49. The method of claim 48, further comprising:
choosing a shutter speed and aperture combination based upon reflected light from the determined intended subject.
50. The method of claim 42, further comprising:
generating a plurality of hypotheses of scene classifications; and
selecting said scene classification from said plurality of hypotheses of scene classifications.
51. The method of claim 50, further comprising:
requesting a scene classification choice from a user of the camera.
52. The method of claim 50, wherein said scene classification is selected from said plurality of hypotheses of scene classifications based on one of a rules-based or statistical process.
53. The method of claim 42, further comprising:
saving said scene classification and imaging parameter information associated with an image.
54. The method of claim 52, wherein said rules-based or statistical process selects said scene classification as an optimal one of said hypotheses of scene classifications based on at least one of said extracted image features and scene components.
55. A system for automatically setting image acquisition controls of a camera, comprising:
a temporary image acquisition unit for acquiring a temporary image;
a permanent image acquisition unit with controllable image capture parameters for the acquisition of a permanent image;
a scene analysis unit for receiving input from the temporary image acquisition unit, extracting image features and scene components, and using these to generate a parameterized scene classification; and
a photographic expert unit for receiving said scene classification from the scene analysis unit and generating as an output image capture parameters,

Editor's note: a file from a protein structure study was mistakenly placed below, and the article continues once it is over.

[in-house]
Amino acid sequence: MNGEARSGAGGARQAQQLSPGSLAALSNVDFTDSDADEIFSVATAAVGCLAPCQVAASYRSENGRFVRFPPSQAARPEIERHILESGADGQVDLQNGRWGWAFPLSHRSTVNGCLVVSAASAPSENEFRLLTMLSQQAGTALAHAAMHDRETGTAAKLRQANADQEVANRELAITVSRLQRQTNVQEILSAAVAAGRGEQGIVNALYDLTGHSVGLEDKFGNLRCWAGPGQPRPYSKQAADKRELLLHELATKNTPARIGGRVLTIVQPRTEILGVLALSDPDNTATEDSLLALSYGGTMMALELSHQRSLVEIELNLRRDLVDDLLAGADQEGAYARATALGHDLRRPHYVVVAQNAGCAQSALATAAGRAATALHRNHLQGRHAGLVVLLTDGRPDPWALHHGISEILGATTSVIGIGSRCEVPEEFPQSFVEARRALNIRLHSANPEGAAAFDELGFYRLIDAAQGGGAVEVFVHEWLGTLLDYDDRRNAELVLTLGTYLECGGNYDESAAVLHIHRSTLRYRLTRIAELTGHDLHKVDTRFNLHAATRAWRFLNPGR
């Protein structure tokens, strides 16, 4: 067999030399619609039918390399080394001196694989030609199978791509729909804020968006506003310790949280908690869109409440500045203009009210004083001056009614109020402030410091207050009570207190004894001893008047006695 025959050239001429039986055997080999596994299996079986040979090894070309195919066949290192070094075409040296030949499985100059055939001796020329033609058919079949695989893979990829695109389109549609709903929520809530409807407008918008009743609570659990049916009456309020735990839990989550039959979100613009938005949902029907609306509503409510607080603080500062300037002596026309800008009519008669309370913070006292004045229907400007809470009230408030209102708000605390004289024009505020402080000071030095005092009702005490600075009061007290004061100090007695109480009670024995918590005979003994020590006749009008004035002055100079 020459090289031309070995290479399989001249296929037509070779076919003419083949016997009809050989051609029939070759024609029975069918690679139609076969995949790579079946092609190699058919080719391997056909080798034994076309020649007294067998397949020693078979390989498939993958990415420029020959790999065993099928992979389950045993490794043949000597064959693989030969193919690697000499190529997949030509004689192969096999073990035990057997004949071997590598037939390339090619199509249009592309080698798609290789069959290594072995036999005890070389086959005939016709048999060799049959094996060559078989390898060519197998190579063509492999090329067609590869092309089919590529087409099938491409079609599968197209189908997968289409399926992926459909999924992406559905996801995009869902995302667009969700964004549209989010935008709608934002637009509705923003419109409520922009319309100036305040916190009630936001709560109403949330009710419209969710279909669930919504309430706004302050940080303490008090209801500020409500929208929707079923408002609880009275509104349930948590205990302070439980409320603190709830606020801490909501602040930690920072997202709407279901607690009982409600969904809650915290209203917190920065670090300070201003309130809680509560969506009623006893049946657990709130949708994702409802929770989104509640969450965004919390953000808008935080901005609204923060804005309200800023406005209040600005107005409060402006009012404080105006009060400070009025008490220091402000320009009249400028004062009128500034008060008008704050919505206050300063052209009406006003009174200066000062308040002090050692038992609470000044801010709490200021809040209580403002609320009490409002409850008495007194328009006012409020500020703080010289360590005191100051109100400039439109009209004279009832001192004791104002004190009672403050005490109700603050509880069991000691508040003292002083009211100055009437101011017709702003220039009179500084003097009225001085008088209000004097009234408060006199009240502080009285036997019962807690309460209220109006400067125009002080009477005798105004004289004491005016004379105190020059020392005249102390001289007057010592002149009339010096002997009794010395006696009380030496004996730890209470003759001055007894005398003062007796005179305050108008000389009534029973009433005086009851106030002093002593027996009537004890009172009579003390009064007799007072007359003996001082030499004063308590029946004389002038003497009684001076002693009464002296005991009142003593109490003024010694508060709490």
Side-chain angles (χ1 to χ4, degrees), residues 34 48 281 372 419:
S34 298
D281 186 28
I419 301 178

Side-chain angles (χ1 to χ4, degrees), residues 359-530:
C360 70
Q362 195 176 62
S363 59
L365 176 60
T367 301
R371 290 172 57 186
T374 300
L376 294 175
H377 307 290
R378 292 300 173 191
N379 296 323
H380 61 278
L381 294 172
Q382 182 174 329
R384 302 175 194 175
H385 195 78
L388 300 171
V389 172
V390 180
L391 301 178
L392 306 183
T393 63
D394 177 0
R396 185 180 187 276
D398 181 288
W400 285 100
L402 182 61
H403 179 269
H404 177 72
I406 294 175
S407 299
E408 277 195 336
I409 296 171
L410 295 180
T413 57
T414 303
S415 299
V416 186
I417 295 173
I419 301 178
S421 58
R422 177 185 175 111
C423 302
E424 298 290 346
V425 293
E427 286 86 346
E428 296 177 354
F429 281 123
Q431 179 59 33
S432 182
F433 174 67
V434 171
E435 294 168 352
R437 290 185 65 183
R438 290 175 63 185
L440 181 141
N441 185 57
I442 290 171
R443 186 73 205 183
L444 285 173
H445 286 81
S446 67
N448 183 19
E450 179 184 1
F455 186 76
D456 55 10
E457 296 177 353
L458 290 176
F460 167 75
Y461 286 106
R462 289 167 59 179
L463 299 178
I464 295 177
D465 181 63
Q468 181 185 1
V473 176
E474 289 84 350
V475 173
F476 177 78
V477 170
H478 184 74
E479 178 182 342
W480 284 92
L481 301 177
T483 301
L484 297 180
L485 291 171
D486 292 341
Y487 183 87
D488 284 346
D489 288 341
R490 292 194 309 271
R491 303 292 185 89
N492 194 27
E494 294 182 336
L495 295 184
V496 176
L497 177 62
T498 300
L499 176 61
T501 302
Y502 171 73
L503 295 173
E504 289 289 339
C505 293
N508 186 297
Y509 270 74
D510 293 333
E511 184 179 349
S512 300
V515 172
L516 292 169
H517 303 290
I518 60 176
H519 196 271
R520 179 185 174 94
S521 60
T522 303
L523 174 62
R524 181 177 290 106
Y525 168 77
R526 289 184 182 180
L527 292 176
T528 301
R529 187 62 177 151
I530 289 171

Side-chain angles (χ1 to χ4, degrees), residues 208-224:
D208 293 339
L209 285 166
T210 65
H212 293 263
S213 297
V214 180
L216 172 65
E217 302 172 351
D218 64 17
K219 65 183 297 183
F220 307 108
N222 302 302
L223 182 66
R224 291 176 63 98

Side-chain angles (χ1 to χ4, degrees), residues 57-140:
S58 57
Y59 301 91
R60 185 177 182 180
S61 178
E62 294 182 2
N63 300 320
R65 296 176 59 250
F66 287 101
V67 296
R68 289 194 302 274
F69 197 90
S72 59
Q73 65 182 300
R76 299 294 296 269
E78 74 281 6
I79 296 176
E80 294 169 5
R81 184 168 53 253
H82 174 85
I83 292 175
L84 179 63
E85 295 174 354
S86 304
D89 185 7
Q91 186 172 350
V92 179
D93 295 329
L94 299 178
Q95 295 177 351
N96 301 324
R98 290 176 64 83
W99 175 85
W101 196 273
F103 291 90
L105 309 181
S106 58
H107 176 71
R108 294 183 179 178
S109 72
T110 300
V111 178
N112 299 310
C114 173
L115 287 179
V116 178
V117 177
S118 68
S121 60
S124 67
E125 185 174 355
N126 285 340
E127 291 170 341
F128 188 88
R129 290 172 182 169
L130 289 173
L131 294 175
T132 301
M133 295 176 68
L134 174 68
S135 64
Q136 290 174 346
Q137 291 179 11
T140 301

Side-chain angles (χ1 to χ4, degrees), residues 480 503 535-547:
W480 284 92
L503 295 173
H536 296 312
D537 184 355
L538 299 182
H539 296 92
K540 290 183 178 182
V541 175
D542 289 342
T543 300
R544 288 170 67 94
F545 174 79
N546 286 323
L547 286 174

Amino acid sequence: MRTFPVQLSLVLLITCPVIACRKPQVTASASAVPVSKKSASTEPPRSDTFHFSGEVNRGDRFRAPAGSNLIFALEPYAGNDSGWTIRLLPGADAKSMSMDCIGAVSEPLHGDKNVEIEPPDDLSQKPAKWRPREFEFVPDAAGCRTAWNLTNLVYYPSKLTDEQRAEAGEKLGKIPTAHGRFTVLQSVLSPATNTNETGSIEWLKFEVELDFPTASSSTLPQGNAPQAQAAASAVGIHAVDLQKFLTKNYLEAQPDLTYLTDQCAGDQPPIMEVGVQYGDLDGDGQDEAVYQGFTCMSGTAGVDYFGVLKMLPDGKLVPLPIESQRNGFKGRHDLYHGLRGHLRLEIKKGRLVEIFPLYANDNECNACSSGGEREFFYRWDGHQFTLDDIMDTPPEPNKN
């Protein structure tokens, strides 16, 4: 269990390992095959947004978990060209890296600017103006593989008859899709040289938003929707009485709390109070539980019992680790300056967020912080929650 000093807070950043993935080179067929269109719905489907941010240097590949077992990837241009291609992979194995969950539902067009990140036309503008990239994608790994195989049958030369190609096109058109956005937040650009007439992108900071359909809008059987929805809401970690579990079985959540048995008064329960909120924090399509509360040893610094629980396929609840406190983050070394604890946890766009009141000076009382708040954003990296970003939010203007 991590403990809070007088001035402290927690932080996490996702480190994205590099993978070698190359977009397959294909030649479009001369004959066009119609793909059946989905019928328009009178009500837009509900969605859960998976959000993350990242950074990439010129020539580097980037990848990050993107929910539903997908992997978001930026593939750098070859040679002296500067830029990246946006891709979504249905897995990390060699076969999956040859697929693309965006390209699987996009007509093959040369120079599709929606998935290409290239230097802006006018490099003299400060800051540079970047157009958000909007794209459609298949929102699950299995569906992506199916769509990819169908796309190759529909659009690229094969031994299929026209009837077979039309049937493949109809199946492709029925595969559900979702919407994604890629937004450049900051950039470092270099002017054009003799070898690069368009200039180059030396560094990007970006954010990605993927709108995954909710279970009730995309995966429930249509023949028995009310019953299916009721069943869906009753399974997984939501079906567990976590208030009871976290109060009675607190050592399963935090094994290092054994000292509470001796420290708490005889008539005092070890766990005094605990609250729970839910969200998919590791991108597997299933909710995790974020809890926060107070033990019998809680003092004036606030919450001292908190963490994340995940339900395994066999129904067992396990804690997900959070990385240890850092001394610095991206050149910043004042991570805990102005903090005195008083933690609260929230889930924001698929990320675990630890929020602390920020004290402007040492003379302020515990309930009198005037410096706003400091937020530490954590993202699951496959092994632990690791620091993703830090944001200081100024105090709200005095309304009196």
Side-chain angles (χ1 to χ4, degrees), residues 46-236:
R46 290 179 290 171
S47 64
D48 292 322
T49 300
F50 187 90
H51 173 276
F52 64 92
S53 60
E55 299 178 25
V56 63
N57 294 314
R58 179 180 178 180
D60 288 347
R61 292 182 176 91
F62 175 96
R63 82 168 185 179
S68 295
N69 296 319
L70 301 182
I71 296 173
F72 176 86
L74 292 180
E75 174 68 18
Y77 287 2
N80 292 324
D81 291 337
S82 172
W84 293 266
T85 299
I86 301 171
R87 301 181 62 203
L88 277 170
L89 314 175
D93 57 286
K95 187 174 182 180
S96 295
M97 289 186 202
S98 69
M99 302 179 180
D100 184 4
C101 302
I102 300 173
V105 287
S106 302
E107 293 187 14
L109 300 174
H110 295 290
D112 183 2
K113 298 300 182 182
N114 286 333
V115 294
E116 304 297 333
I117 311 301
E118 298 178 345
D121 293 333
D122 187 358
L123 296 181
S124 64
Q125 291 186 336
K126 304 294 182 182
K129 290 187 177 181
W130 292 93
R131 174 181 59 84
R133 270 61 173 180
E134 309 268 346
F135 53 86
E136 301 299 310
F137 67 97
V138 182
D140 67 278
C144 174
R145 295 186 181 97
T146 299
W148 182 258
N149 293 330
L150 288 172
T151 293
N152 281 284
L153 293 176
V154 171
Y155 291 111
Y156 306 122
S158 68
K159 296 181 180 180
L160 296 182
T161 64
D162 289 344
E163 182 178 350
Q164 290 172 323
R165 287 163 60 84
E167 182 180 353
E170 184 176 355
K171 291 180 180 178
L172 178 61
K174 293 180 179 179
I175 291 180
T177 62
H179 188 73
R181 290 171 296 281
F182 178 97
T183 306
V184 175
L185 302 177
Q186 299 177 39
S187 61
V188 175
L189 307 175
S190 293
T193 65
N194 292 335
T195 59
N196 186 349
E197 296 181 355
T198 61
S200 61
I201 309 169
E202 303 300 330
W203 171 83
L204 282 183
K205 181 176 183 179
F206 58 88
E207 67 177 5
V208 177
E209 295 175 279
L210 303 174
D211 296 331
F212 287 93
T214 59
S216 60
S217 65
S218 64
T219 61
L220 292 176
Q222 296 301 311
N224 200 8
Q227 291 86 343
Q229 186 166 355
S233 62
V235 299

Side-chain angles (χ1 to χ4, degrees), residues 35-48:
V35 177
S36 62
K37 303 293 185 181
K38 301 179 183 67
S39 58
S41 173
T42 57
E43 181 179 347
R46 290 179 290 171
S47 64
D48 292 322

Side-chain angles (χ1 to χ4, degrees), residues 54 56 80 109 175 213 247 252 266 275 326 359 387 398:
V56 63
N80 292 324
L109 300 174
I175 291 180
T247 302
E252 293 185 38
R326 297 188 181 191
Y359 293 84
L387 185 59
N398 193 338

wherein the photographic expert unit adjusts the image capture parameters of the permanent image acquisition unit based on the scene classification.
56. The system for automatically setting image acquisition controls of a camera as recited in claim 55, wherein the temporary image acquisition unit and the permanent image acquisition unit are same.
Description
BACKGROUND OF THE INVENTION

1. Field of the Invention

The present invention generally relates to expert systems applied to computer image processing, and more particularly to computer image processing for automatically adjusting the controls of a camera according to the object framed by the user. The camera may be a still camera or a video camera.

2. Background Description Electronic cameras are sophisticated devices with various controls for affecting the manner in which a photograph is taken. Traditional electronic cameras have limited controls for adjusting focus, aperture, shutter speed and, in some cases, lens focal length. Later-generation cameras are more sophisticated, adjusting parameters that include focus point for an auto-focus camera, meter weighting for exposure control, f-stop correction, depth-of-field, electronic flash parameters, number of exposures composing a given image, and more.

In spite of their increased functionality, conventional cameras as discussed above have significant drawbacks. These cameras, for example, require a user to exert an overwhelming degree of control over the picture-taking process in terms of correctly setting the camera parameters. This usually proves too great a task for the amateur photographer. As a result, photographs are often taken with inappropriate settings and thus tend to be of poor quality. For the novice user especially, such sophistication is too intimidating. Even when the camera controls are hidden, either in simple cameras or in simple modes where everything is automatic, poor photographs may still result because the user does not have the knowledge of photography or the control to compensate for backlighting, to set the depth-of-field appropriately, and the like.